In fiction, I finally got around to reading W. G. Sebald’s Austerlitz (Modern Library, 2001; translated by Anthea Bell). Teachers, friends, and mentors all insisted I read Sebald, so naturally, I put off reading him for a long time. When I started Austerlitz, I understood why everyone recommended him. The novel is partly about its title character: a child refugee who escaped Czechoslovakia for Britain during the Nazi occupation. Austerlitz becomes an architectural historian, and in his attempt to reconstruct the lost lives of his parents, exposes readers to descriptions, diagrams, and pictures of Europe’s many jails, libraries, courthouses, and concentration camps. The story—like the architecture—is more mazelike than logical. Sebald’s vision of the archive doesn’t clarify history; it obscures it. In poetry, I reread Layli Long Soldier’s Whereas (Graywolf Press, 2017). While the most famous parts of the collection revolve around the Congressional Resolution of Apology to Native Americans, Long Soldier is concerned foremost with language—its physical impact, its legal legacy, and its historical form. Long Soldier not only sees the dizzyingly different ways that language works, but she also makes those differences palpable. In short fiction, I’m currently reading Casey Plett’s A Dream of a Woman (Arsenal Pulp, 2021). I haven’t finished it yet, but I was floored by her 2018 novel Little Fish, about an ensemble of trans women living through one winter in Winnipeg.
Jordan Taliha McDonald, Assistant Editor
This year, I read many books for the first time and continued a ritual of rereading of a few of my favorite works. Of those that were new to me, the republication of Anarchism and the Black Revolution by Lorenzo Kom’boa Ervin (Pluto Press, 2021), A Little Devil in America by Hanif Abdurraqib (Random House, 2021), Shadowboxing by Joy James (1999), The Right to Sex by Amia Srinivasan (Farrar, Straus and Giroux, 2021), and My Body by Emily Ratajkowski (Metropolitan Books, 2021) still weigh on my mind. The works I continue to revisit, Negroland by Margo Jefferson (Vintage, 2016), Passing by Nella Larsen (1929), A Small Place by Jamaica Kincaid (1988), White Negroes by Lauren Michele Jackson (Beacon Press, 2020), Fantasia for the Man in Blue by Tommye Blount (Four Way Books, 2020), and Scenes of Subjection by Saidiya Hartman (1997) gain new importance to me each time I encounter them. At times, when I feel pressure to constantly be moving, producing content, or responding to the constant influx of information, I just recall Lorraine Hansberry’s words from A Raisin in the Sun (1959): “Don’t get up. Just sit a while and think. Never be afraid to sit a while and think.”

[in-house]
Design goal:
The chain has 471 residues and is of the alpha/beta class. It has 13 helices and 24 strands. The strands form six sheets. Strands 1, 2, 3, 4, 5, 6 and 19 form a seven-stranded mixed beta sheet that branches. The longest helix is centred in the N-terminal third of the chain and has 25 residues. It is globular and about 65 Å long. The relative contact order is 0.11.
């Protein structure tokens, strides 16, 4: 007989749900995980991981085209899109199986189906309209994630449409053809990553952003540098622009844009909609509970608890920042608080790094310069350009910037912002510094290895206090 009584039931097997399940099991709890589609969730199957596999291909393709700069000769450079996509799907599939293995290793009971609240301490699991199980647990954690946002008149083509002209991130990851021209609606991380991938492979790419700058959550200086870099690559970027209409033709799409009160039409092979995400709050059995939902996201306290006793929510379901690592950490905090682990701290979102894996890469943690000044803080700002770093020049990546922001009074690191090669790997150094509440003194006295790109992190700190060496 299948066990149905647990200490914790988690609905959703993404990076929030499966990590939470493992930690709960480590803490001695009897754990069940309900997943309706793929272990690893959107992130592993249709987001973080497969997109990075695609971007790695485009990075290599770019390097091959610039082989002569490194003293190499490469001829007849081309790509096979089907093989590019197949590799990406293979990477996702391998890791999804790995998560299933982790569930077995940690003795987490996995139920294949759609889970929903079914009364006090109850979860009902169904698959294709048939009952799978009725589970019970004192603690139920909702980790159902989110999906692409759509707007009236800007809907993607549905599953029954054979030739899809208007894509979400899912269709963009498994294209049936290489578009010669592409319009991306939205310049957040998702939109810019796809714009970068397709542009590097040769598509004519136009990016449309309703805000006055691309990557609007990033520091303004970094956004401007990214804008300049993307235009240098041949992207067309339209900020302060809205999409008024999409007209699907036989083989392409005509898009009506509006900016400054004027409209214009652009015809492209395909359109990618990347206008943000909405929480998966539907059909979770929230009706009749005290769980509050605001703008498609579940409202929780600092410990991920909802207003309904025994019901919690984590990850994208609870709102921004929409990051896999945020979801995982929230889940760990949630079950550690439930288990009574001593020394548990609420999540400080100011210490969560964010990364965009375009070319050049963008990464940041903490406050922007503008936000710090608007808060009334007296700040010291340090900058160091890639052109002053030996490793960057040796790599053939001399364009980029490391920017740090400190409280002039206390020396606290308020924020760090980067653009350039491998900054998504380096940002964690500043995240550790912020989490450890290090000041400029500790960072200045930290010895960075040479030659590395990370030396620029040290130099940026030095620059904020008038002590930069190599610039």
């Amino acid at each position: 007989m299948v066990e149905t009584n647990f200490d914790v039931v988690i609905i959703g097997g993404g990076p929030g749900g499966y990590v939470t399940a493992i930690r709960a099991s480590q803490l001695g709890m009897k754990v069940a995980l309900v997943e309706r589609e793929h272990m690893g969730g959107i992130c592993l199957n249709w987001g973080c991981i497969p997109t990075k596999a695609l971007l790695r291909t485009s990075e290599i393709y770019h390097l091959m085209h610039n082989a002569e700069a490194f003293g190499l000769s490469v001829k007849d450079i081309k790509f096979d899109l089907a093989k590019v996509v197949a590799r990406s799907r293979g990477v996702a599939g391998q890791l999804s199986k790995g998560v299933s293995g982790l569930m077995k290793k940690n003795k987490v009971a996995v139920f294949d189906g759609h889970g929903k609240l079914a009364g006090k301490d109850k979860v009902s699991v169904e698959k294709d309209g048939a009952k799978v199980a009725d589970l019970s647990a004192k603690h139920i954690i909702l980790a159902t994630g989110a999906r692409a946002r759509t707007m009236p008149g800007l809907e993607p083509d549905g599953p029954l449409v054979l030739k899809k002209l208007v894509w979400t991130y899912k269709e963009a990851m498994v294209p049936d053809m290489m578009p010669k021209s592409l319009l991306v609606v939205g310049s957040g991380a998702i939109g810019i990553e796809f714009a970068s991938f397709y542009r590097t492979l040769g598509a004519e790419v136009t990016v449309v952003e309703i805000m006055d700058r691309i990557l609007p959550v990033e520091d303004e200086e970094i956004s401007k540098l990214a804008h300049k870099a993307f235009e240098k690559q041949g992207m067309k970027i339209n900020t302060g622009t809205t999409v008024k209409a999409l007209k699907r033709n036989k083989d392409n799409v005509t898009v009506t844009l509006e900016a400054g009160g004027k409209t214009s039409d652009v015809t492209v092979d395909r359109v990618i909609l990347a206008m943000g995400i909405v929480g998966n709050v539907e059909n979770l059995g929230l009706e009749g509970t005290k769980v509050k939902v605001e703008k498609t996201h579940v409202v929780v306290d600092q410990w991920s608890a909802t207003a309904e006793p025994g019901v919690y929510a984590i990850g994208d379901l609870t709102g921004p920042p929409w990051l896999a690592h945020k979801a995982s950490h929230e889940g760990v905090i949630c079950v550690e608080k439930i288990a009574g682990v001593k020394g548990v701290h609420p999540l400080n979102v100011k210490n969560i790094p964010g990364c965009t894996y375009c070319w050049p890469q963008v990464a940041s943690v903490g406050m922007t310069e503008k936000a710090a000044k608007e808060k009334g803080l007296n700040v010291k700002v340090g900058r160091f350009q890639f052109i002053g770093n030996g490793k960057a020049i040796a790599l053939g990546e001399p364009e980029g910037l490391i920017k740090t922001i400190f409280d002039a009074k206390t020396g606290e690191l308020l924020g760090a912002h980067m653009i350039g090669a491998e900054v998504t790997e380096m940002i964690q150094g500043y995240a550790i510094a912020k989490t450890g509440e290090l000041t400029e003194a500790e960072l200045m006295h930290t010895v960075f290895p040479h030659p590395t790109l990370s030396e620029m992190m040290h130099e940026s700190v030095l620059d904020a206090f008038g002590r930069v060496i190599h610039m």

Ophelia John, Digital Copyeditor
After reading Lily King’s fabulous Writers & Lovers (Grove Atlantic, 2020), I devoured all of her earlier work this year. My favorite, Euphoria (Atlantic Monthly Press, 2014), tells the story of a love triangle of three anthropologists working in New Guinea. Loosely based on the experiences of Margaret Mead, Reo Fortune, and Gregory Bateson, Euphoria broadens and breaks the heart—just like Ali Smith’s novels of the seasons. Autumn (Anchor, 2017) depicts a tenderly unusual relationship between two people of vastly different generations, while Spring (2020), which is also a political novel, includes a deep affinity that lasts a lifetime. Smith is wildly talented; the formal comparisons made between her and Virginia Woolf aren’t exaggerated. I’m still reading Winter (2018) and have yet to pick up Summer (2021). Another pile on my table consists of Rachel Cusk’s Outline Trilogy (Picador, 2016–2018) and her brilliant essay collection Coventry (Farrar, Straus and Giroux, 2019). If you’re interested in what it means to be female, these books are for you. Cusk’s mesh of form and content, especially in Outline, is amazing, and I’m going to go reread it as soon as I finish writing this. The most surprising book I read this year is one I dearly wish I’d written: Jess Kidd’s Himself (Washington Square Press, 2017) is a highly literary magical-realist murder mystery set in back-of-beyond Ireland. Centered on death, every page of Kidd’s novel brims with love, hatred, desire, wit, sadness, hope, and wonder—in a word, life.